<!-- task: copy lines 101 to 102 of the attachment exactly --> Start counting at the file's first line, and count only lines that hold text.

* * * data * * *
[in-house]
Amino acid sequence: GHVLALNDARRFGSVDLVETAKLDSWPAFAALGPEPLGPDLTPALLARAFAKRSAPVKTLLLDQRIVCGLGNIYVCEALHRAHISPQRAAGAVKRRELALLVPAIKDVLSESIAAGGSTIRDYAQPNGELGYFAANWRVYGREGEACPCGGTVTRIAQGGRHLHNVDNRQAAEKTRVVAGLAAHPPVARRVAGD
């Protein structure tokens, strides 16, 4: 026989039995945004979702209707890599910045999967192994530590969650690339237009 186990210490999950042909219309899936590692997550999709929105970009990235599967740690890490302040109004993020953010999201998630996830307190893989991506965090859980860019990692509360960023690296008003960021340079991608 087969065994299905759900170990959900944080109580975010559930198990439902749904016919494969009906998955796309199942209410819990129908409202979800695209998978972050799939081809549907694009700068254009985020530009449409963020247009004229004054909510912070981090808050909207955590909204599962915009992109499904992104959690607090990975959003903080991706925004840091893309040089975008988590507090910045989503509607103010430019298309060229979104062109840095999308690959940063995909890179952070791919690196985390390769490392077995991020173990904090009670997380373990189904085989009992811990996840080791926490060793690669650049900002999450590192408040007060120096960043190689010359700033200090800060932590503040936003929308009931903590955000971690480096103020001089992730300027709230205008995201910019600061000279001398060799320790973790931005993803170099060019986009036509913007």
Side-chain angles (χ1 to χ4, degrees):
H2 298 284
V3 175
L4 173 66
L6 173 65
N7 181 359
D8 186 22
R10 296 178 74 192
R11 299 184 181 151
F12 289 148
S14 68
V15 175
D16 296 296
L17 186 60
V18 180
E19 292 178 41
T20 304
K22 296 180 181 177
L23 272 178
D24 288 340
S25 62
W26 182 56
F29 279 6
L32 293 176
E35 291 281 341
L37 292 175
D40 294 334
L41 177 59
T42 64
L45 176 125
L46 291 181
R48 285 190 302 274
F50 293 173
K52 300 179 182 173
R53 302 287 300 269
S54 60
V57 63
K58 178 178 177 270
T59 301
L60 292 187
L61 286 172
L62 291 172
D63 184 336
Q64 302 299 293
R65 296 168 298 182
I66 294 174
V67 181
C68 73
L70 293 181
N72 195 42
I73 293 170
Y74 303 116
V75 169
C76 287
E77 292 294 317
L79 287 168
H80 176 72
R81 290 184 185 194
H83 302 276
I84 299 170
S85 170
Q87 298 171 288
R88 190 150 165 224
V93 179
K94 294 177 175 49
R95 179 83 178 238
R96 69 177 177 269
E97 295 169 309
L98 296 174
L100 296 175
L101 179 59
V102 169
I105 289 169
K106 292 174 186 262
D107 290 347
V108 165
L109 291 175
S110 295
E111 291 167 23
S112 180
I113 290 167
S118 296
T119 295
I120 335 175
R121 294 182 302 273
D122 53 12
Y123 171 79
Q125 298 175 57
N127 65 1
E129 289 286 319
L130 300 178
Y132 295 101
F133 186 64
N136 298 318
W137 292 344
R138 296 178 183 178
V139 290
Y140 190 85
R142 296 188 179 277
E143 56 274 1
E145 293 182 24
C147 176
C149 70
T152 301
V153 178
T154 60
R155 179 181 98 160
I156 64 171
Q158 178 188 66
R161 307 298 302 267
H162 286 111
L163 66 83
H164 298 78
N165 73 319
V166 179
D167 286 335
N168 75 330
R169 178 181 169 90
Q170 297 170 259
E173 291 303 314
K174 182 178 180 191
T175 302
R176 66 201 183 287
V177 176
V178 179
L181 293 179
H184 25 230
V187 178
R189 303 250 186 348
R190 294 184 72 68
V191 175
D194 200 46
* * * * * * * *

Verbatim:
Y140 190 85
R142 296 188 179 277